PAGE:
By Reagan Payne
In an industry with growing demand and a shrinking labor force, executives everywhere are figuring ways around the gap. An age-old avenue is seeing new traffic: adults under drinking age.
This population is old enough to enlist in the U.S. Military, but some question if they can cross state lines for long-distance trucking deliveries. Those pushing back are mostly major safety organizations such as Advocates for Highway and Auto Safety.
The only way to gain the support of these groups is “if there was ever any independent research that we had confidence that it was safe for teen truckers to travel on interstate roads,” according to Cathy Chase, president of Advocates for Highway and Auto Safety.
Those opposing interstate travel argue that data shows drivers younger than 21 are far more dangerous on the roads. However, 49 states already allow drivers over the age of 18 to obtain commercial driver’s licenses. These drivers simply cannot cross state lines.
“(It’s) really frustrating not being able to cross state borders after I drive 11 hours inside Florida,” Orestes Reyes wrote. He is 19 years old and because of the current rules he has turned down trucking jobs that require him to travel outside his home state in his own commercial truck.
While at first glance this restriction may seem logical, especially citing the data about young, dangerous drivers, when considering differing state sizes and route lengths, anyone could realize that the difference is already slim.
“The reason that we want to reach people at the beginning of their work life is so we can present a career in trucking that can support their life and career over a longer period of time,” said Bill Sullivan, executive vice president for advocacy at the American Trucking Associations.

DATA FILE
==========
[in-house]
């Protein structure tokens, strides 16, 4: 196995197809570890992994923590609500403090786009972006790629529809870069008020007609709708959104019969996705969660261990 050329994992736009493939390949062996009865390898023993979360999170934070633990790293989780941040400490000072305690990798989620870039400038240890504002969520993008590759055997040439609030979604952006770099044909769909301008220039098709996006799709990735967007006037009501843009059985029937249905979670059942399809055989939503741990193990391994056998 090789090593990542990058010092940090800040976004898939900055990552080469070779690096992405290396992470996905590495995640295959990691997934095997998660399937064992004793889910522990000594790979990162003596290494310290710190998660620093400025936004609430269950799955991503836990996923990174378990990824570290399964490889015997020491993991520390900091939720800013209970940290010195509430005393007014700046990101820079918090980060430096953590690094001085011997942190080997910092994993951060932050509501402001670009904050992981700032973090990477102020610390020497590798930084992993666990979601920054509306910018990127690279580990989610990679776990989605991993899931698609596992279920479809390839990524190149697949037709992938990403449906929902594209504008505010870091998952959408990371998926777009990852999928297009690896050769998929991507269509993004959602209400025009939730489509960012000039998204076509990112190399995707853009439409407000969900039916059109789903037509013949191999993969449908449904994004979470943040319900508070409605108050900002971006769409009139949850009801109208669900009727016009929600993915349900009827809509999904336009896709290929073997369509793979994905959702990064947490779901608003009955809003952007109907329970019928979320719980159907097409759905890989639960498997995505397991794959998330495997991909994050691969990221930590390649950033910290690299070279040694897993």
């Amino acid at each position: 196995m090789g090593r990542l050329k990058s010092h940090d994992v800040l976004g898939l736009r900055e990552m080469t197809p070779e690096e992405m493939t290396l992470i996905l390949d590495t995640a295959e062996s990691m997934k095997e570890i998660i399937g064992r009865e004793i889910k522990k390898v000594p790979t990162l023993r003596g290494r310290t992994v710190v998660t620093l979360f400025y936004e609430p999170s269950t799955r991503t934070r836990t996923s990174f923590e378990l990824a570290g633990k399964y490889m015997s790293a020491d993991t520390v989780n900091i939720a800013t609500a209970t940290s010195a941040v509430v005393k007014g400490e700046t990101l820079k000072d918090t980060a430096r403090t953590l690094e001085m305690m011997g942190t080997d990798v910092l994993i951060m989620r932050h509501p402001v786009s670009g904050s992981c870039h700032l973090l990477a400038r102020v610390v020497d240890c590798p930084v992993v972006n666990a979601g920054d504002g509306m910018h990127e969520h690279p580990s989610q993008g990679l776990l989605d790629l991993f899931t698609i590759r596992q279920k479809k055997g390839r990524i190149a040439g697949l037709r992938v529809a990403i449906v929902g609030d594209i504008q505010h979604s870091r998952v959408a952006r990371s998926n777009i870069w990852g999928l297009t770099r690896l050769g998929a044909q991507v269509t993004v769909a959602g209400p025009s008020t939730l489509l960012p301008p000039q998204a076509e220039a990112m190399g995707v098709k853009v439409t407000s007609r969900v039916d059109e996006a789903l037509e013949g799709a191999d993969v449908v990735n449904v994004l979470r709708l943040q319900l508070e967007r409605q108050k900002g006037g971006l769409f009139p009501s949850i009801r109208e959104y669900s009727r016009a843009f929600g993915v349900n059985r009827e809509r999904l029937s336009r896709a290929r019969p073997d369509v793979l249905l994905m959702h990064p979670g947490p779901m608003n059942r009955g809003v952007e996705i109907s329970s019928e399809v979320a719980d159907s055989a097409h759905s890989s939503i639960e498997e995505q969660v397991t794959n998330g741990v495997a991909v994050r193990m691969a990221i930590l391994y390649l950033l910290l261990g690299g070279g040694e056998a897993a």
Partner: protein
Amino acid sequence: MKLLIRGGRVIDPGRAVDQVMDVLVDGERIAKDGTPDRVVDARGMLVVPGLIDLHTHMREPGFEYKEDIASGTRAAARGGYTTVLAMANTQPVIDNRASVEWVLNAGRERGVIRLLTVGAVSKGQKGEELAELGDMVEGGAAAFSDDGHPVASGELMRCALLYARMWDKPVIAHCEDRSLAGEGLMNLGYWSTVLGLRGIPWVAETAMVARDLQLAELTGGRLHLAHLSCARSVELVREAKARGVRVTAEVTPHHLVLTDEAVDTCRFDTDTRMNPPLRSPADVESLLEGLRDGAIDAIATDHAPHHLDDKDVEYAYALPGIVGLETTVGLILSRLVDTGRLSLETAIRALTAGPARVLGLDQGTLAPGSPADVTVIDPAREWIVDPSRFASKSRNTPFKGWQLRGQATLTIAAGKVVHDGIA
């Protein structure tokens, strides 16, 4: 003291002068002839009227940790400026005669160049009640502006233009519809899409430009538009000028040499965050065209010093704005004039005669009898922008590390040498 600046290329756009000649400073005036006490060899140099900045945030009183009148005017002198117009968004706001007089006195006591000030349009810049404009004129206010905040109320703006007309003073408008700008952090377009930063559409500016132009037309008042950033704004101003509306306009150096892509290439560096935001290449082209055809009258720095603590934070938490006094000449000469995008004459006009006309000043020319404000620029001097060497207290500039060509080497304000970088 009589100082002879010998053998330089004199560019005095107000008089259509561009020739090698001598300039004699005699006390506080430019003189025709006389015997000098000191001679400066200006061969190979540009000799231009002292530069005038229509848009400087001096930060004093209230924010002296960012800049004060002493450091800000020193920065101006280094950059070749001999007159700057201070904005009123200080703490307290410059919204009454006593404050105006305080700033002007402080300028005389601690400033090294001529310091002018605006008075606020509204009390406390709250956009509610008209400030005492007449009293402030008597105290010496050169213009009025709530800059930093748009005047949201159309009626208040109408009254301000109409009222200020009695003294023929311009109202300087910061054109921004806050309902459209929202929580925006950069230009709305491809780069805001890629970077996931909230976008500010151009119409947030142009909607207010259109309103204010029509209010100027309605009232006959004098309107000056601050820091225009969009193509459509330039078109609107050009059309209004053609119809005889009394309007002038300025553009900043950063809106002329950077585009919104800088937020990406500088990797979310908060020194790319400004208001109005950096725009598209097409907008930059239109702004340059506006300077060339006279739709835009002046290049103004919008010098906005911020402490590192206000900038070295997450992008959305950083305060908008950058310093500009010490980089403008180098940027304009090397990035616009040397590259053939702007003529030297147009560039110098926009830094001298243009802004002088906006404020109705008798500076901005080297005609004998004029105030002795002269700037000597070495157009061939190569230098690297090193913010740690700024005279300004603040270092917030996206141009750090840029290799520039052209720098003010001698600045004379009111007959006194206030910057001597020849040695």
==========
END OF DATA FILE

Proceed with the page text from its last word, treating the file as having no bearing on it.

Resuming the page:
These groups have even attempted compromises. Proposed bills lower the limit for interstate truckers in addition to the Federal Motor Carrier Safety Administration pilot program. Any change in White House Administration brings hurdles to issues such as these.
This pilot program would allow drivers who are 18 to 20-year-old CDL holders to operate CMVs in interstate commerce while taking part in a 120-hour probationary period and a subsequent 280-hour probationary period under an apprenticeship program established by an employer. The program would also include 19- and 20-year-old commercial drivers who have operated CMVs in intrastate commerce for a minimum of one year and have at least 25,000 miles of experience.
“Beta testing on public roadways where everyone is imperiled is not the safest way to test this science experiment,” Chase argues.
But Sullivan recognizes the fault in her statements.
“The people who are squealing about safety aren’t coming to the table to figure it out,” he said.
Reagan Payne is a staff writer for Wright Media. She can be reached at firstname.lastname@example.org.
Are you a young, experienced commercial driver like Oerstes frustrated by the rule that prevents you from crossing state lines for interstate commerce or a carrier interested in bringing the Under-21 driver aboard? Contact Reagan to share your thoughts.